Encourage companies, especially large and transnational companies, to adopt sustainable practices and to integrate sustainability information into their reporting cycle.

 

Michelin's main contribution to sustainable production is its reduction of the environmental footprint of its industrial activity (RD 6.4.1 "Reducing the environmental footprint of the production plants"). The scope of this footprint was defined in 2005. It has been published with the annual results in the Group’s Non-Financial report every year since 2005.

 

Michelin has a longstanding commitment to sustainable consumption. It offers retreading to save resources and manufactures lighter, more fuel-efficient tires that consume fewer resources (raw materials and energy) and last longer while offering the same safety performance and even improvements on other performances (RD 6.4.3 The circular economy).

 

Promote public procurement practices that are sustainable, in accordance with national policies and priorities.

 

The Group's responsible purchasing process (RD 6.3.4 a) is coordinated by each Purchasing area and each Region, with support from a global network. The Purchasing teams' training program includes a mandatory module on "Sustainable Purchasing" for all purchasers, technical specification drafters and key internal Group partners. An online training module has also been developed and is now being rolled out to ensure compliance with the rules of ethics defined by the Code of Ethics and the Anti-Corruption Code of practice.

GOAL 13: Take urgent action to combat climate change and its impacts

Integrate climate-change measures into national policies, strategies and planning.

 

The Group supports efforts to prevent climate change through a 2015 policy that defines four priority actions: reducing energy consumption due to tires by 20 percent per kilometer driven by 2030 (compared with 2010); reducing CO2 emissions by 50 percent by 2050 (absolute value, compared with 2010, on the condition that 65 percent of energy purchased is renewable); using its expertise and culture of innovation to develop long-range electric vehicles and integrating its products and services into new forms of mobility for people and goods; and supporting implementation of a global carbon price. Its actions are reinforced by a strong commitment to unify the transportation sector in support of sustainable mobility (RD 6.4.4 "Helping to Mitigate Climate Change")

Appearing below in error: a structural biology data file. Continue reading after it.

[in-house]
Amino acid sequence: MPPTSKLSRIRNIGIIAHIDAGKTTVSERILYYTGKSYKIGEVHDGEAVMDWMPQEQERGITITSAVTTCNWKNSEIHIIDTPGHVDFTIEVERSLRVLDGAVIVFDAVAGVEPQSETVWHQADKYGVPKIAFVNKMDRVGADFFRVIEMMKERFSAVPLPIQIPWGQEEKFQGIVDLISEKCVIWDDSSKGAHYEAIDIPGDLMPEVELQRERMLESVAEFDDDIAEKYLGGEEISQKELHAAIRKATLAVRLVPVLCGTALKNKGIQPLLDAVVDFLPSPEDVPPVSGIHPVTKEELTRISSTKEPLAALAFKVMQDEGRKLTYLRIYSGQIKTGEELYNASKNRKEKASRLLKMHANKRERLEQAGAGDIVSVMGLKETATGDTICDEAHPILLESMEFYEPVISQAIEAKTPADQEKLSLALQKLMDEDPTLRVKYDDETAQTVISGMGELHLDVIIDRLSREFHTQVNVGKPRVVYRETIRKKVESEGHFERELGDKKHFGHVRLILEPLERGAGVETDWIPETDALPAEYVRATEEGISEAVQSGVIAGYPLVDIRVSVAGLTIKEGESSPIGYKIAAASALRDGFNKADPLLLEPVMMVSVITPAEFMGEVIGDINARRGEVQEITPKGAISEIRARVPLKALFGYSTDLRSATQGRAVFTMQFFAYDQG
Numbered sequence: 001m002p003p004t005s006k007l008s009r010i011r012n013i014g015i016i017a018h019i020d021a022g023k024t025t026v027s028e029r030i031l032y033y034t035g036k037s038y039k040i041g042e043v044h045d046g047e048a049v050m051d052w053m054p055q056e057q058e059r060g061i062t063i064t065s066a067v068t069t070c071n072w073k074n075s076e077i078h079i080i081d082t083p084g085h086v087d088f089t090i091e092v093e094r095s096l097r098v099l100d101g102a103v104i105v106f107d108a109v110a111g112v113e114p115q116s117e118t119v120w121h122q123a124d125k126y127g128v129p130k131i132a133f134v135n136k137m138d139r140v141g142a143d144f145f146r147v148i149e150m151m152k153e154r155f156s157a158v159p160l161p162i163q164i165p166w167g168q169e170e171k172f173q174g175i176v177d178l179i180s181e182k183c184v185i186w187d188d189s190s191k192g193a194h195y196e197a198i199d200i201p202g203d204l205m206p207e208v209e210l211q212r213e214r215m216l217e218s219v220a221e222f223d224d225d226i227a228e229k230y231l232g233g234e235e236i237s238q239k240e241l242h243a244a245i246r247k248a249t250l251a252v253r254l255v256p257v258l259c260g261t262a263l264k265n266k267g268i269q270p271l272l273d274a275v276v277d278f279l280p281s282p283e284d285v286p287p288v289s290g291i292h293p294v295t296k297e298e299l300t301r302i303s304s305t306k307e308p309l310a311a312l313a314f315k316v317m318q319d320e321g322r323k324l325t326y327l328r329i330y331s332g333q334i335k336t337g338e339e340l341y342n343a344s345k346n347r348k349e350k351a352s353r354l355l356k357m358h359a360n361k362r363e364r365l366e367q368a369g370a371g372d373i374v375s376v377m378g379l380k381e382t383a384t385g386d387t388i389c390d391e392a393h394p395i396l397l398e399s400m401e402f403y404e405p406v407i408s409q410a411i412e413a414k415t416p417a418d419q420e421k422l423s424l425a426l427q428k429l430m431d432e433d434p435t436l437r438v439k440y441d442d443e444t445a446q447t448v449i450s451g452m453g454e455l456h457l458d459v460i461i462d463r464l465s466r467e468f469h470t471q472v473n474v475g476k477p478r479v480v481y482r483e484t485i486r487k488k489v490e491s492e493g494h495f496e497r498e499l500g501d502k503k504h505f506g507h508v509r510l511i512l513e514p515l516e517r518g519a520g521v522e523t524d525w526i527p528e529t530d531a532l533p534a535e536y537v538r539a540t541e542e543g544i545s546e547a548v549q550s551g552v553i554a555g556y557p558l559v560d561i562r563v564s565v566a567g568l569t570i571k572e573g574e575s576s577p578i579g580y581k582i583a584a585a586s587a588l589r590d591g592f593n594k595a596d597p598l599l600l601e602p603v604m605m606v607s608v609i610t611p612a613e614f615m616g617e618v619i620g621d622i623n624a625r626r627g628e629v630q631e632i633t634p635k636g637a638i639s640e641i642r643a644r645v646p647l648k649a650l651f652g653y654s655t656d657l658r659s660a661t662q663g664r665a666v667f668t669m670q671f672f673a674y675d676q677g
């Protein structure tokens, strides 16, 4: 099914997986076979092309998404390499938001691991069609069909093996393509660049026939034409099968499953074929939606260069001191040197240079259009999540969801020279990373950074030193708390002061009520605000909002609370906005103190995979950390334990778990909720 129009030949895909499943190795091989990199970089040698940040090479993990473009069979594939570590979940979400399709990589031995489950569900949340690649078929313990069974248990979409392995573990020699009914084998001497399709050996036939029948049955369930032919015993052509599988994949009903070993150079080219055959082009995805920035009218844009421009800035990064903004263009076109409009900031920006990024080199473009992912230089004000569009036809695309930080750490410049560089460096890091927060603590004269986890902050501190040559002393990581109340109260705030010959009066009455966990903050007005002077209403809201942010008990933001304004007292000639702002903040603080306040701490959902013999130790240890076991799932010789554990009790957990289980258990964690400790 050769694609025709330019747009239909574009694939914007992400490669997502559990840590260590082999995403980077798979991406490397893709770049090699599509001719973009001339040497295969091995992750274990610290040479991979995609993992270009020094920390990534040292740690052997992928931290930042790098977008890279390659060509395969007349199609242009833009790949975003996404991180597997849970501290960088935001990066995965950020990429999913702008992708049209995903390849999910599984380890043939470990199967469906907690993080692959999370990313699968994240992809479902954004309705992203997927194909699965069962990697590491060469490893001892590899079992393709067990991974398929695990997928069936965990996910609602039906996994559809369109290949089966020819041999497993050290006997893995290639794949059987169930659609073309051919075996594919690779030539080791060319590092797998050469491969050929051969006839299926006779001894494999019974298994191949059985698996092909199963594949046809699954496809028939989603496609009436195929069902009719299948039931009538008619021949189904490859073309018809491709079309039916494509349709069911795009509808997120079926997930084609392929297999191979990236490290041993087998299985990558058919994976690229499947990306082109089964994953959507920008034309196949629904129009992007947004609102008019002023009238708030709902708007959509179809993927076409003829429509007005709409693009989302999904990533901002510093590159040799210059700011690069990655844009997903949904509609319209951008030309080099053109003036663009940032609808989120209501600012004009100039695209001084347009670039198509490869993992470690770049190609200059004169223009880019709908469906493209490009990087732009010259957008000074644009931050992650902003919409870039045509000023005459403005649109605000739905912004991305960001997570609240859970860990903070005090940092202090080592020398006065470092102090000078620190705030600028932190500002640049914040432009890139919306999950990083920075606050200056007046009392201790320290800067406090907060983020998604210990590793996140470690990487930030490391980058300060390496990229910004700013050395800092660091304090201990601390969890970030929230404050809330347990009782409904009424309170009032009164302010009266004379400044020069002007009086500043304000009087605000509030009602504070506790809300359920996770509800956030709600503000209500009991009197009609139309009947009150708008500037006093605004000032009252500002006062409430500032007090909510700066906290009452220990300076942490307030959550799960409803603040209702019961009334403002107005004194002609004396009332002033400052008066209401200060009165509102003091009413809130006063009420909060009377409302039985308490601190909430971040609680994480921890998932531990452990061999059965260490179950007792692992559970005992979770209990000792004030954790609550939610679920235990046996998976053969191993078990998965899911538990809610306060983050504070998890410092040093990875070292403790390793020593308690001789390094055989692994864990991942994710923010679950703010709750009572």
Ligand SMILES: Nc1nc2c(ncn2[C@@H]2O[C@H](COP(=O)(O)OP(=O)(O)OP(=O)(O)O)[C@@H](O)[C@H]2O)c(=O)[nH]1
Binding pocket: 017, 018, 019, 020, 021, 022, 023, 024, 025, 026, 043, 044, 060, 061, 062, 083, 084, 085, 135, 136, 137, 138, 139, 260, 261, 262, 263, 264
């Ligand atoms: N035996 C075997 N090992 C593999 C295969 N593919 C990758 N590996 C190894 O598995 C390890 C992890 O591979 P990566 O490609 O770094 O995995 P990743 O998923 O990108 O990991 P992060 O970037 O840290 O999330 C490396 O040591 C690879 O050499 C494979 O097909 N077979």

Michelin is also committed to sustainable mobility at the international level as a member of the PPMC (Paris Process on Mobility and Climate), a coalition of leading transportation players formed during the 2015 COP21 to make nongovernmental voices heard in implementation of the Paris Agreement. This platform was created at the joint initiative of the Michelin Challenge Bibendum / Movin'On and SLoCaT (a group of UN entities, NGOs and multilateral development banks involved in sustainable and low-carbon transportation). The Paris Agreement set a goal of a "zero net emissions" economy by 2050+, in line with the objective of limiting the global temperature increase to 2 degrees C above preindustrial levels. The PPMC continued its work during the COP23, when it proposed a "macro-road map" to decarbonize transportation.